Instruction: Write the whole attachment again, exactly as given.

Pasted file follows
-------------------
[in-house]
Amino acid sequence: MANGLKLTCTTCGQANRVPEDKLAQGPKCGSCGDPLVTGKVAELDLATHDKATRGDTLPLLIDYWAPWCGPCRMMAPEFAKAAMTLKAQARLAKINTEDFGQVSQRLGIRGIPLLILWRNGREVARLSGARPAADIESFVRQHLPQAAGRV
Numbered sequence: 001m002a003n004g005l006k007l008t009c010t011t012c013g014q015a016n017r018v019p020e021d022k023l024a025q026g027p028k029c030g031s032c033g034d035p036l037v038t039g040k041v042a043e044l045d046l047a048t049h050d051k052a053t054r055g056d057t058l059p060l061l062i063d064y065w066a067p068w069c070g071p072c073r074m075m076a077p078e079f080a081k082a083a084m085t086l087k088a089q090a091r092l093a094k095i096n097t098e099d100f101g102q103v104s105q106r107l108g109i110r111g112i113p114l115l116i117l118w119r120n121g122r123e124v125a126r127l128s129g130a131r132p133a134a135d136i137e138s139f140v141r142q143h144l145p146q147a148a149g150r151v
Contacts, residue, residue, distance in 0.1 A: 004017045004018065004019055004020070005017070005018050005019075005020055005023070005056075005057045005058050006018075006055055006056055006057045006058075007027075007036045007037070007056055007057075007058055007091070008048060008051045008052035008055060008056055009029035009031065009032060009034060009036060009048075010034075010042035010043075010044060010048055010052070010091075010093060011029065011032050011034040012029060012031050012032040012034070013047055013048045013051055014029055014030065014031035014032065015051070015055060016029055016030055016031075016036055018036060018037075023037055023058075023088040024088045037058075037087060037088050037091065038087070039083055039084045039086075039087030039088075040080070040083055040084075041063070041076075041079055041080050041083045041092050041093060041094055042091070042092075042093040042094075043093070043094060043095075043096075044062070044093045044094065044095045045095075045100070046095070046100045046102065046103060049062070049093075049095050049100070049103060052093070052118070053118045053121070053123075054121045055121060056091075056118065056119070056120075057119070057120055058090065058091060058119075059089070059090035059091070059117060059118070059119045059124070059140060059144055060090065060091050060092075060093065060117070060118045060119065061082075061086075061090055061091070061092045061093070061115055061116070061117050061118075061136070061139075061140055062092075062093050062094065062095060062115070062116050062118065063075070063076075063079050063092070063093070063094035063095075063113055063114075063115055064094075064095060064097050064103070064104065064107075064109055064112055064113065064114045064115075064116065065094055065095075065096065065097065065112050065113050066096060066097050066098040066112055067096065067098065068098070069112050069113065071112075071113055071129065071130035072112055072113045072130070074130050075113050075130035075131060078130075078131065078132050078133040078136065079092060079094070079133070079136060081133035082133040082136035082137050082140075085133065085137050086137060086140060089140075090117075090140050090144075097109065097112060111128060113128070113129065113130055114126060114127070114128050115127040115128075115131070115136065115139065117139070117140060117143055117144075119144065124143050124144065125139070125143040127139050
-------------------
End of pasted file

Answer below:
[in-house]
Amino acid sequence: MANGLKLTCTTCGQANRVPEDKLAQGPKCGSCGDPLVTGKVAELDLATHDKATRGDTLPLLIDYWAPWCGPCRMMAPEFAKAAMTLKAQARLAKINTEDFGQVSQRLGIRGIPLLILWRNGREVARLSGARPAADIESFVRQHLPQAAGRV
Numbered sequence: 001m002a003n004g005l006k007l008t009c010t011t012c013g014q015a016n017r018v019p020e021d022k023l024a025q026g027p028k029c030g031s032c033g034d035p036l037v038t039g040k041v042a043e044l045d046l047a048t049h050d051k052a053t054r055g056d057t058l059p060l061l062i063d064y065w066a067p068w069c070g071p072c073r074m075m076a077p078e079f080a081k082a083a084m085t086l087k088a089q090a091r092l093a094k095i096n097t098e099d100f101g102q103v104s105q106r107l108g109i110r111g112i113p114l115l116i117l118w119r120n121g122r123e124v125a126r127l128s129g130a131r132p133a134a135d136i137e138s139f140v141r142q143h144l145p146q147a148a149g150r151v
Contacts, residue, residue, distance in 0.1 A: 004017045004018065004019055004020070005017070005018050005019075005020055005023070005056075005057045005058050006018075006055055006056055006057045006058075007027075007036045007037070007056055007057075007058055007091070008048060008051045008052035008055060008056055009029035009031065009032060009034060009036060009048075010034075010042035010043075010044060010048055010052070010091075010093060011029065011032050011034040012029060012031050012032040012034070013047055013048045013051055014029055014030065014031035014032065015051070015055060016029055016030055016031075016036055018036060018037075023037055023058075023088040024088045037058075037087060037088050037091065038087070039083055039084045039086075039087030039088075040080070040083055040084075041063070041076075041079055041080050041083045041092050041093060041094055042091070042092075042093040042094075043093070043094060043095075043096075044062070044093045044094065044095045045095075045100070046095070046100045046102065046103060049062070049093075049095050049100070049103060052093070052118070053118045053121070053123075054121045055121060056091075056118065056119070056120075057119070057120055058090065058091060058119075059089070059090035059091070059117060059118070059119045059124070059140060059144055060090065060091050060092075060093065060117070060118045060119065061082075061086075061090055061091070061092045061093070061115055061116070061117050061118075061136070061139075061140055062092075062093050062094065062095060062115070062116050062118065063075070063076075063079050063092070063093070063094035063095075063113055063114075063115055064094075064095060064097050064103070064104065064107075064109055064112055064113065064114045064115075064116065065094055065095075065096065065097065065112050065113050066096060066097050066098040066112055067096065067098065068098070069112050069113065071112075071113055071129065071130035072112055072113045072130070074130050075113050075130035075131060078130075078131065078132050078133040078136065079092060079094070079133070079136060081133035082133040082136035082137050082140075085133065085137050086137060086140060089140075090117075090140050090144075097109065097112060111128060113128070113129065113130055114126060114127070114128050115127040115128075115131070115136065115139065117139070117140060117143055117144075119144065124143050124144065125139070125143040127139050